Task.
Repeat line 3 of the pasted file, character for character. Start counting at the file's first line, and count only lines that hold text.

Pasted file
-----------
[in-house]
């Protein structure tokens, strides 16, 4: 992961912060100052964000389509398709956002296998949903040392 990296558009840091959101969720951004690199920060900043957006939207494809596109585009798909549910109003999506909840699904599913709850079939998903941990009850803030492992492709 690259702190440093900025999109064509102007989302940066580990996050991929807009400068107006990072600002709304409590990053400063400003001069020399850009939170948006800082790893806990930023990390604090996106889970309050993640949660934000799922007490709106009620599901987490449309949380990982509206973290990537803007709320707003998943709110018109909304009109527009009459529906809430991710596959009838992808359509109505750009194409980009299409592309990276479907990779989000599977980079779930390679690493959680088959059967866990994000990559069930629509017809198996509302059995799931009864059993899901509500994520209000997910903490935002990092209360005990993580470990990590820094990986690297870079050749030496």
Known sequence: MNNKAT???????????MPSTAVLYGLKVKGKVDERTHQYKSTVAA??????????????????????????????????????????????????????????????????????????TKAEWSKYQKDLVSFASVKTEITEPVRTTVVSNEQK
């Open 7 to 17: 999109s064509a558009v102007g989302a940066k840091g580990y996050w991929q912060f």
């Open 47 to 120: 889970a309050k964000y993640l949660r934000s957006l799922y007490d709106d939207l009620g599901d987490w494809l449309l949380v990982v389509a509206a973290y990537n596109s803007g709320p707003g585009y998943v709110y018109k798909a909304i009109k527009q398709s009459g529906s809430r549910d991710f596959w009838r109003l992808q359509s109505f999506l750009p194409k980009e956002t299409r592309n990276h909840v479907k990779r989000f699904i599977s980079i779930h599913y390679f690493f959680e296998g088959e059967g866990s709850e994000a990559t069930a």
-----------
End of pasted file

Known sequence: MNNKAT???????????MPSTAVLYGLKVKGKVDERTHQYKSTVAA??????????????????????????????????????????????????????????????????????????TKAEWSKYQKDLVSFASVKTEITEPVRTTVVSNEQK